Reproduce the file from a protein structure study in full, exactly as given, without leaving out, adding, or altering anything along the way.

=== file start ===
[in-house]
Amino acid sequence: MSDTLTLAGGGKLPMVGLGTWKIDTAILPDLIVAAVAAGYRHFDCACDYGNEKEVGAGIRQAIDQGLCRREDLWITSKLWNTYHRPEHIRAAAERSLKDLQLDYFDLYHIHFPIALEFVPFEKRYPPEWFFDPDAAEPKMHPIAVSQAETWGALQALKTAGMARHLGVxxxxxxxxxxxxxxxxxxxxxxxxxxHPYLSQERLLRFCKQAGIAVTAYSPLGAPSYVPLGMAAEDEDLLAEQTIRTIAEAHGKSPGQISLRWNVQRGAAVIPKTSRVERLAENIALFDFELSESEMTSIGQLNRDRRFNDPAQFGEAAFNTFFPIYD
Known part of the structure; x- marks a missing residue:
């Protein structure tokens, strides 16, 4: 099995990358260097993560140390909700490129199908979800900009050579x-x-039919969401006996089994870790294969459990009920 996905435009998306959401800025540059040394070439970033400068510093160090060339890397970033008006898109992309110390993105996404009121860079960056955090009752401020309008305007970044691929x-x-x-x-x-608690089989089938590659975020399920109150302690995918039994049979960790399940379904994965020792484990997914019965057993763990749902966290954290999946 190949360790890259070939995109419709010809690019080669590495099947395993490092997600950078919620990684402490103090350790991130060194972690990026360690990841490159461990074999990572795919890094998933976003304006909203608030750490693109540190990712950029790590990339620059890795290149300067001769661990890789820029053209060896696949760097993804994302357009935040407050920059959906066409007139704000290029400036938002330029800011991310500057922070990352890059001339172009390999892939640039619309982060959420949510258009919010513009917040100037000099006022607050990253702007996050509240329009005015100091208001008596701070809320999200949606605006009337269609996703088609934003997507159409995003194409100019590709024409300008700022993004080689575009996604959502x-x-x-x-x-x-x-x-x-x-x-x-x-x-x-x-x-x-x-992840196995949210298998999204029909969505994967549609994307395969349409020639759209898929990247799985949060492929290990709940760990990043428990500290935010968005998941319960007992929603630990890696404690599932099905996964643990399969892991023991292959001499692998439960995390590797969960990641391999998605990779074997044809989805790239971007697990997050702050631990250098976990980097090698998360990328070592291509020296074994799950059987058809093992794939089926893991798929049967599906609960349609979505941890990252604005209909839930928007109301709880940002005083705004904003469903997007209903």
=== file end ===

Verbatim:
[in-house]
Amino acid sequence: MSDTLTLAGGGKLPMVGLGTWKIDTAILPDLIVAAVAAGYRHFDCACDYGNEKEVGAGIRQAIDQGLCRREDLWITSKLWNTYHRPEHIRAAAERSLKDLQLDYFDLYHIHFPIALEFVPFEKRYPPEWFFDPDAAEPKMHPIAVSQAETWGALQALKTAGMARHLGVxxxxxxxxxxxxxxxxxxxxxxxxxxHPYLSQERLLRFCKQAGIAVTAYSPLGAPSYVPLGMAAEDEDLLAEQTIRTIAEAHGKSPGQISLRWNVQRGAAVIPKTSRVERLAENIALFDFELSESEMTSIGQLNRDRRFNDPAQFGEAAFNTFFPIYD
Known part of the structure; x- marks a missing residue:
């Protein structure tokens, strides 16, 4: 099995990358260097993560140390909700490129199908979800900009050579x-x-039919969401006996089994870790294969459990009920 996905435009998306959401800025540059040394070439970033400068510093160090060339890397970033008006898109992309110390993105996404009121860079960056955090009752401020309008305007970044691929x-x-x-x-x-608690089989089938590659975020399920109150302690995918039994049979960790399940379904994965020792484990997914019965057993763990749902966290954290999946 190949360790890259070939995109419709010809690019080669590495099947395993490092997600950078919620990684402490103090350790991130060194972690990026360690990841490159461990074999990572795919890094998933976003304006909203608030750490693109540190990712950029790590990339620059890795290149300067001769661990890789820029053209060896696949760097993804994302357009935040407050920059959906066409007139704000290029400036938002330029800011991310500057922070990352890059001339172009390999892939640039619309982060959420949510258009919010513009917040100037000099006022607050990253702007996050509240329009005015100091208001008596701070809320999200949606605006009337269609996703088609934003997507159409995003194409100019590709024409300008700022993004080689575009996604959502x-x-x-x-x-x-x-x-x-x-x-x-x-x-x-x-x-x-x-992840196995949210298998999204029909969505994967549609994307395969349409020639759209898929990247799985949060492929290990709940760990990043428990500290935010968005998941319960007992929603630990890696404690599932099905996964643990399969892991023991292959001499692998439960995390590797969960990641391999998605990779074997044809989805790239971007697990997050702050631990250098976990980097090698998360990328070592291509020296074994799950059987058809093992794939089926893991798929049967599906609960349609979505941890990252604005209909839930928007109301709880940002005083705004904003469903997007209903």